On March 26, the Biden Administration announced that it will host a virtual Leaders Summit from April 22 to 23 – which will be streaming live – aligned with the “Earth Day Live’’ digital event. This summit will highlight the urgency for serious climate action. It will be a key component on its journey to the United Nations Climate Change Conference (COP26) in Glasgow, this November. The goal of both – the Leader Summit and COP26 is to globally maintain the planet’s temperature at 1.5 degrees, which scientists have emphasized to be crucial to limit the significant impact of climate change. If the planet reaches the 2 degrees line it will be critical for all ecosystems — over 1.7 billion people will experience more extreme heat waves once every five years; coral reefs could decrease up to 99 percent; fishing could decline by another 1.5 million tons; sea levels could rise another four inches, which means coasts and cities can be wiped out.

In general, more than a hundred million people can end up in poverty due to climate-related changes.

Aside from the main goal of combating climate change, the Leader Summit will also underline how solid climate actions can provide high-paying jobs, help at-risk countries adapt to the impact of climate change, as well as create advanced technologies.

Biden also encouraged the 40 invited world leaders to use the summit as a chance to execute a blueprint regarding climate action in their countries. The U.S. will announce a promising 2030 emissions target as part of the new Nationally Determined Contribution under the Paris Agreement.

Restoring Mother Earth will also bring hope, especially in the age of COVID-19. The aftermath of the pandemic has shown that there is a connection between global health and global environmental degradation.

The way humanity is treating the planet with water and air pollution, deforestation, wildlife trade, climate change, human diets and other factors, plays a great role in how the natural systems are slowly decaying, resulting in lethal viruses such as the ongoing pandemic.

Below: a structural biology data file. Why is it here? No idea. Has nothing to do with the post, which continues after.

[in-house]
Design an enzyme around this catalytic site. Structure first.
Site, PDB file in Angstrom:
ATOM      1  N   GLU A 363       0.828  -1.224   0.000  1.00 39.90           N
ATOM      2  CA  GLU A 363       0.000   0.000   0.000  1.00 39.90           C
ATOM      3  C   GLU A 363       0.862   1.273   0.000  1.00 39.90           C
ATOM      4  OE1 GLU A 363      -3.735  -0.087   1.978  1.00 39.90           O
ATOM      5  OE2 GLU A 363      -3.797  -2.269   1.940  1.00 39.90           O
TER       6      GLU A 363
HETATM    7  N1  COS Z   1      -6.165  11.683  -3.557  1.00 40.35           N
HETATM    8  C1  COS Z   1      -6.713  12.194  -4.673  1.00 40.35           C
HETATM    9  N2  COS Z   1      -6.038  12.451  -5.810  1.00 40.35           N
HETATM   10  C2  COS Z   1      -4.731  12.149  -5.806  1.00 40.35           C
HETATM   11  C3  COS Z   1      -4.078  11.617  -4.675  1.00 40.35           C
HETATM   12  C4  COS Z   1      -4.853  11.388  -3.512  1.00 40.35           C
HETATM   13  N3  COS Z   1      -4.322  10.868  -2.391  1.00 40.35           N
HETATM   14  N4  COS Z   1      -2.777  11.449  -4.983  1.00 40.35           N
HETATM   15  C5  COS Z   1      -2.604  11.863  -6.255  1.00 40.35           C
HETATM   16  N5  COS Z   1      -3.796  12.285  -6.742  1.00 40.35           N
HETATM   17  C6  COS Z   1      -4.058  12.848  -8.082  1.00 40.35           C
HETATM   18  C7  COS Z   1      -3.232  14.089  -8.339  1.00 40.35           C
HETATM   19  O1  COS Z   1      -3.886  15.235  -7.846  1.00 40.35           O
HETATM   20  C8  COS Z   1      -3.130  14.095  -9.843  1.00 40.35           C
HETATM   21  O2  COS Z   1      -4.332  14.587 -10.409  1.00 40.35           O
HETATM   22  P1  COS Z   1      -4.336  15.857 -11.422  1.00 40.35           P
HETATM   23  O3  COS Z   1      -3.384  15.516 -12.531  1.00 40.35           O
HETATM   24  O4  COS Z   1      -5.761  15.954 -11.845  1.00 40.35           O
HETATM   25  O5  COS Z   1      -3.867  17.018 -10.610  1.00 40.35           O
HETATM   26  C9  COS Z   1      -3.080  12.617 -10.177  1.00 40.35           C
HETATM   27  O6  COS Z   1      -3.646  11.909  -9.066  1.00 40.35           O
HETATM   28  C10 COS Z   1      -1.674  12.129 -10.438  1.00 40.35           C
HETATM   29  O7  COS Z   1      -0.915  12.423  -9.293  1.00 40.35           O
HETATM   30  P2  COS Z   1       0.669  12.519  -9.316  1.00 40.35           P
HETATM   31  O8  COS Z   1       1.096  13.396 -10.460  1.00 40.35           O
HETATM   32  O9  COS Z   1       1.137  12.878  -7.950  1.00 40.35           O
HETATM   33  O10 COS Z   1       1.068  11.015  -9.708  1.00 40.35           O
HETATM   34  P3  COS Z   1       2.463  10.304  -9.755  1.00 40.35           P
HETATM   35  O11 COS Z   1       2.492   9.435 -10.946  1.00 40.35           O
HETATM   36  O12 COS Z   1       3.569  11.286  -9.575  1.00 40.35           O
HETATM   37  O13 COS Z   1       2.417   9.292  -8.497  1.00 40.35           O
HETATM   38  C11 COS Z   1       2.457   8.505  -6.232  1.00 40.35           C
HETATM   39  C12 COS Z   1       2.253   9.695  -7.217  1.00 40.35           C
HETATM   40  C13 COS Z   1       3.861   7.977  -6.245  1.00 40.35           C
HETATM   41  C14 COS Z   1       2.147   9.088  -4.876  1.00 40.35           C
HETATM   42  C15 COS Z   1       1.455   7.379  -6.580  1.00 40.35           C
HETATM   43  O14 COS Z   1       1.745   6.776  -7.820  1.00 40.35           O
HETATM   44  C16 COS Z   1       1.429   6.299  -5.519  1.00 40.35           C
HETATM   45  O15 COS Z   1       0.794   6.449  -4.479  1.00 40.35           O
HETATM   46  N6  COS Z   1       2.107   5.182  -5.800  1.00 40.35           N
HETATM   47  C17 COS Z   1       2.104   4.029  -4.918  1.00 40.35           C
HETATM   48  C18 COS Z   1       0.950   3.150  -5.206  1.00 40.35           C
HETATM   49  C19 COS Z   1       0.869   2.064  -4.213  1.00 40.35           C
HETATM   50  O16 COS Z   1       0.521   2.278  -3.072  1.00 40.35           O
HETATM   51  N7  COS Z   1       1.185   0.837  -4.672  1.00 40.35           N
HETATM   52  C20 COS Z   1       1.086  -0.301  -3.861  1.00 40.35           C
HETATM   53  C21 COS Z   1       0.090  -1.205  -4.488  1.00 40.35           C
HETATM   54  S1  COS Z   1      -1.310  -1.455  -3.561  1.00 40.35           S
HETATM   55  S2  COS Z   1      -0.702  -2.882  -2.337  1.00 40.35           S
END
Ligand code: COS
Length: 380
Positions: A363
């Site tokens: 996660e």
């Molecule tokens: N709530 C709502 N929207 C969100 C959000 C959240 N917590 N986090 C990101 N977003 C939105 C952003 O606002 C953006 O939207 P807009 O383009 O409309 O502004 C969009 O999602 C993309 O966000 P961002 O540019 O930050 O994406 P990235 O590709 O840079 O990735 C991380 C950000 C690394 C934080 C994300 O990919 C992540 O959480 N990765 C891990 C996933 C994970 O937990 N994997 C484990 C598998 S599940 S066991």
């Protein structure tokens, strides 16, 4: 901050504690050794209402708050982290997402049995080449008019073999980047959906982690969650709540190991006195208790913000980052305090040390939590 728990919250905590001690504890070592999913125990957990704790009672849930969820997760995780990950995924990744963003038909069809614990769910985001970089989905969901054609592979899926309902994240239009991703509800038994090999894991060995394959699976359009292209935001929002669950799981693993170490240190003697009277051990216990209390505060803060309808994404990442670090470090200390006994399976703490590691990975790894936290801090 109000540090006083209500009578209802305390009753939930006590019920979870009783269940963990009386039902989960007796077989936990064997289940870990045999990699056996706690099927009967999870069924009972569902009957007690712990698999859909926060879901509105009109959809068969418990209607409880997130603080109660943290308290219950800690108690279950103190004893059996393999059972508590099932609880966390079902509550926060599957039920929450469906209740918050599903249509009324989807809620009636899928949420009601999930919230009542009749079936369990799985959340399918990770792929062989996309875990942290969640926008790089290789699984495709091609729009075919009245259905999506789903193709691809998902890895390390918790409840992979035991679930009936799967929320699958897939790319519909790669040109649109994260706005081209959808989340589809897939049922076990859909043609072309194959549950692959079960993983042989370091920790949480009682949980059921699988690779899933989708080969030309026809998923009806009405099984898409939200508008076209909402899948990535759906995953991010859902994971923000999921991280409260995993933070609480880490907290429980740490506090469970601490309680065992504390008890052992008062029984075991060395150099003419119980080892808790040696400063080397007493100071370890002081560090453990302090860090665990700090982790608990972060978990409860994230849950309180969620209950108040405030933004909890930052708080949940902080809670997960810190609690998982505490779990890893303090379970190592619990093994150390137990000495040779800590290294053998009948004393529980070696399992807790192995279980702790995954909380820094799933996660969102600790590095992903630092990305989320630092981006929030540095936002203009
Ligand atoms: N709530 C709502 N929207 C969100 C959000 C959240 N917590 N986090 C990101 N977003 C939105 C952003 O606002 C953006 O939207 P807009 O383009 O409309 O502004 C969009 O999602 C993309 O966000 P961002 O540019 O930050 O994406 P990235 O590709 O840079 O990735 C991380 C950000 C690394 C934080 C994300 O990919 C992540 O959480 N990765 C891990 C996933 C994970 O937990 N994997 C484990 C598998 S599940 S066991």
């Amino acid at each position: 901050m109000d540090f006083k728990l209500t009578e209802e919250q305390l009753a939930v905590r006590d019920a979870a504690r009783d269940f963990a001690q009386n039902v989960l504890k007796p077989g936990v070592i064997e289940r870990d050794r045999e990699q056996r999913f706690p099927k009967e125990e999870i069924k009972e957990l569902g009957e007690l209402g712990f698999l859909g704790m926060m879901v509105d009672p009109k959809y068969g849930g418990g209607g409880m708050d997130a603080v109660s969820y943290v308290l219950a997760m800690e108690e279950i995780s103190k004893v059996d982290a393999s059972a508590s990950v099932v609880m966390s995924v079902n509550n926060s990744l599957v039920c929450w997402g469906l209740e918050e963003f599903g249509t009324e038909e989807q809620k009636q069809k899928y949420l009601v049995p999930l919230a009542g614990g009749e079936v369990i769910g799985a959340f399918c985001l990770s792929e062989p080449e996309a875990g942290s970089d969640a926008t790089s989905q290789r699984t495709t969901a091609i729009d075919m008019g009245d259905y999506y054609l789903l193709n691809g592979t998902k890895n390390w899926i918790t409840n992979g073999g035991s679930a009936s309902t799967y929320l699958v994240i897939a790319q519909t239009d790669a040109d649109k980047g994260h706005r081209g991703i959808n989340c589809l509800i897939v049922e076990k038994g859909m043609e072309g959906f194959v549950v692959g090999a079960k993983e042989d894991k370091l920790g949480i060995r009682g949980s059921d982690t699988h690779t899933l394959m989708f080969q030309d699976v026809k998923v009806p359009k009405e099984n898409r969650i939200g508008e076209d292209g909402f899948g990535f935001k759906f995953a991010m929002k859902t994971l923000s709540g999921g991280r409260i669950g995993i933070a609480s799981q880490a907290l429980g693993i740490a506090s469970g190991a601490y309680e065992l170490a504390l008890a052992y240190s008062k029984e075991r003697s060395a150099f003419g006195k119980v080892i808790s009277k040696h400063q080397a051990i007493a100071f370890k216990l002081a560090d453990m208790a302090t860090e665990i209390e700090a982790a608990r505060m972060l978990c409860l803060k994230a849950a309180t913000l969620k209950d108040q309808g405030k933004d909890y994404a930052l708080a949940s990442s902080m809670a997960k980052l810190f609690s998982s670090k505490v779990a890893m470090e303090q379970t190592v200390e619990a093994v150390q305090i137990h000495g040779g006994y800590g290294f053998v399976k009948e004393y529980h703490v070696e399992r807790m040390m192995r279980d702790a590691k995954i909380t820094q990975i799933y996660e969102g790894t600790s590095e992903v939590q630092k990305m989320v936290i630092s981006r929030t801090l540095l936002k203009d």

“While the exact origin and cause of the coronavirus continue to be debated,” President of Earth Day Network Kathleen Rogers said, “scientists are sounding the alarm that unless we take better care of the planet, we risk more and even deadlier viruses ravaging our communities.”

Sir David King, a retired professor in Physical Chemistry at the University of Cambridge and the former Chief Scientific Adviser to the U.K. Government and Head of the Government Office, raised the urgency for the government to act on climate change during his time in office.

“The current pandemic has shut down the economies of the world and is causing large numbers of deaths. Climate change is an existential threat to our global civilization. Neither of these two challenges recognizes national borders,” King said. “And both are challenges where the scientific community has for many decades provided detailed forewarning. It is time to switch from the cold war paradigm, which is a hangover from the 20th century based on national military and wealth dominance. Neither provides any defense against these challenges. The alternative is focused on the well-being of all people and the restoration of our ecosystems.”